A new partnership between the British Foreign Office and a start up is trying to reverse long decline in Trinidad’s cocoa industry by opening the country’s first factory and connecting it to luxury purchasers overseas. The industry had been considered non-viable for around 70 years, largely because it is dominated by smallholder farmers.
Results & Impact
Trinidad & Tobago Fine Cocoa Company has opened the country's first cocoa processing facility after 70 years of decline. The factory employs eight full time staff, and aims to kick-start an industry which consists solely of smallhold farmers. The factory can produce up to 50 metric tonnes of cocoa each year; Trinidad annually produces 500 metric tonnes of cocoa
The British Foreign and Commonwealth Office, Trinidad & Tobago Fine Cocoa Company, InvesTT Trinidad & Tobago, the Export & Import Bank of Trinidad & Tobago and the Cocoa Research Centre at the University of the West Indies
Trinidad & Tobago Fine Cocoa Company leveraged the British government's business connections to find overseas buyers like Harrods to boost sales of its products
Trinidad and Tobago
Cost & Value
Running since 2015
The plans originally met with scepticism because the industry has been non-viable for nearly 70 years. A solution was outlined in a two year study which demonstrated the project would be commercially feasible
A new partnership between the Foreign and Commonwealth Office and a start up in Trinidad is aiming to reverse 70 years of decline in the country’s cocoa industry by opening the first factory and selling a line of bespoke products to luxury buyers.
“There is a pressing need to reform the economics of the cocoa sector,” said Ashley Parasram, director of TTFCC, who has a 20-year background in environmental and sustainable projects. Trinidad is currently home to 1,000 cocoa producing smallholder farmers, who typically harvest cocoa on land of around one to five hectares in size. “The sector has been hugely under-developed and ignored. If the cocoa industry isn’t modernised and incentivised, we risk losing 450 years of both history and knowledge.”
Earlier this year, the Trinidad & Tobago Fine Cocoa Company (TTFCC) announced the UK as a strategic market for its single estate chocolate. The project is a public-private partnership which links the government of Trinidad and Tobago, the UK Foreign Office, the investment promotion agency InvesTT Trinidad & Tobago and the Export & Import Bank of Trinidad & Tobago with the aim of rehabilitating cocoa production in the country. Other partners include the Cocoa Research Centre at the University of the West Indies.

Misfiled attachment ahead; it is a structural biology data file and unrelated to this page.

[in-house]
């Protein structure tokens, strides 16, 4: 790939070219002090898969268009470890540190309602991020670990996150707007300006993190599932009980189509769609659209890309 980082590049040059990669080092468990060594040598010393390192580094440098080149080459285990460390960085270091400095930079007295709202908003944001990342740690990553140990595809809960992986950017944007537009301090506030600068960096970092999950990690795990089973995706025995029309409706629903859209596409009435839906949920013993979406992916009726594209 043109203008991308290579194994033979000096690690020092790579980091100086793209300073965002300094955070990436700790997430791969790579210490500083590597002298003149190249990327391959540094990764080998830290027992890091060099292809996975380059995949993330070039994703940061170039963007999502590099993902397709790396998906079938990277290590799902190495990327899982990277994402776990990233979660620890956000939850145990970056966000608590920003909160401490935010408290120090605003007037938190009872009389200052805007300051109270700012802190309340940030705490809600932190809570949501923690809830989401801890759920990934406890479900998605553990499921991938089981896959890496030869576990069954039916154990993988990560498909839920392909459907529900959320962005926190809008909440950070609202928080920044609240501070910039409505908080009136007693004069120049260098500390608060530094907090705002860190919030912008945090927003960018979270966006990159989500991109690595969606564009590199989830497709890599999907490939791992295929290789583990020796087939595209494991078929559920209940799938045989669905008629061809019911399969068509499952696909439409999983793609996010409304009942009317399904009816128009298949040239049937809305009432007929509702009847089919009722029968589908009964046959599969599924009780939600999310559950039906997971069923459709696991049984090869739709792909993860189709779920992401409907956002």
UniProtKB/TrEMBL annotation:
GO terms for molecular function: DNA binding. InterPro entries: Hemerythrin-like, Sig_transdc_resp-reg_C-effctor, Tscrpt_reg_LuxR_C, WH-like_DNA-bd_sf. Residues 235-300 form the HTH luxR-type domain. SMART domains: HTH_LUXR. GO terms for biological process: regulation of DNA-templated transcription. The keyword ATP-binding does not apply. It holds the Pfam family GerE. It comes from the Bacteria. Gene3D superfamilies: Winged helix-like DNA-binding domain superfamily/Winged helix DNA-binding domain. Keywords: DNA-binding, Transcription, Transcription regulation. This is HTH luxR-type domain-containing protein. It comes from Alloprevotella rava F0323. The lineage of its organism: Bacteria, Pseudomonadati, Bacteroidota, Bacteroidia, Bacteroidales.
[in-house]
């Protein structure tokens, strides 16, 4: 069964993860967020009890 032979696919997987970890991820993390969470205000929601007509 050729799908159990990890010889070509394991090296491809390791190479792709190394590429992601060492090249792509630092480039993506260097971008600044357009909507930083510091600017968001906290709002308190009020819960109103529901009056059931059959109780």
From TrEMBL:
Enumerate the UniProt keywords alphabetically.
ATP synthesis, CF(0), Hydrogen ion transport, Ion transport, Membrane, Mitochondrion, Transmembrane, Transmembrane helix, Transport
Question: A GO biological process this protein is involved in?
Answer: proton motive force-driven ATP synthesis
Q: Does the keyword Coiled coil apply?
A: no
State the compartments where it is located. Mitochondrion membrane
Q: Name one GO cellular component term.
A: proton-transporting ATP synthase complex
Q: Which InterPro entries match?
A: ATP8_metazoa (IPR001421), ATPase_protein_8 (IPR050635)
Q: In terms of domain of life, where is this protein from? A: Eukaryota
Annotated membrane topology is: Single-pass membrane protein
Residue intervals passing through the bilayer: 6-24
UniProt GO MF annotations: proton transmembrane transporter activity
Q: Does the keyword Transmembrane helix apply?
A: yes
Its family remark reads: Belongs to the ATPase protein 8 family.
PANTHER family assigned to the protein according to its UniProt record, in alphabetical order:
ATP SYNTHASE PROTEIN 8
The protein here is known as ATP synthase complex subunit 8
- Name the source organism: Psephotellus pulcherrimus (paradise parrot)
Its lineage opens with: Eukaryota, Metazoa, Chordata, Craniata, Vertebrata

One pillar of the partnership is the Foreign Office’s continuing support of the region on health and climate change, while ensuring there is a solid trade relationship. TTFCC has used the Foreign Office’s contacts to get in touch with Harrods and collaborate on a high-end range of cocoa products. The partnership has also helped the company reach out to Michelin-starred chefs in the UK to feature their cocoa products in their recipes. In the UK, TTFCC can currently be purchased in outlets of Artisan du Chocolat.
In 2015, TTFCC opened Trinidad’s first modern cocoa production facility situated within the 200 hectare La Reunion Cocoa Estate. The factory currently employs eight full time staff and can produce up to 50 metric tonnes of cocoa each year. Trinidad annually produces 500 metric tonnes of cocoa. The cocoa mass, couverture, cocoa powder and cocoa butter produced by TTFCC originate from high grade Trinitario beans which mark them as a luxury item.
Over 80% of the world’s cocoa currently comes from Africa, which makes the supply chain vulnerable to climate and environmental patterns. “We’re also not paying the farmers what they should be getting for their product,” added Parasram. “Coming from a development background, I can see how we have gone about this the wrong way. I think the pendulum is swinging back. People can now fund cocoa bonds which have a social benefit. They can use online tools more effectively. I have even seen crowd financing initiatives for farmers.”
(Photo: Trinidad & Tobago Fine Cocoa Company)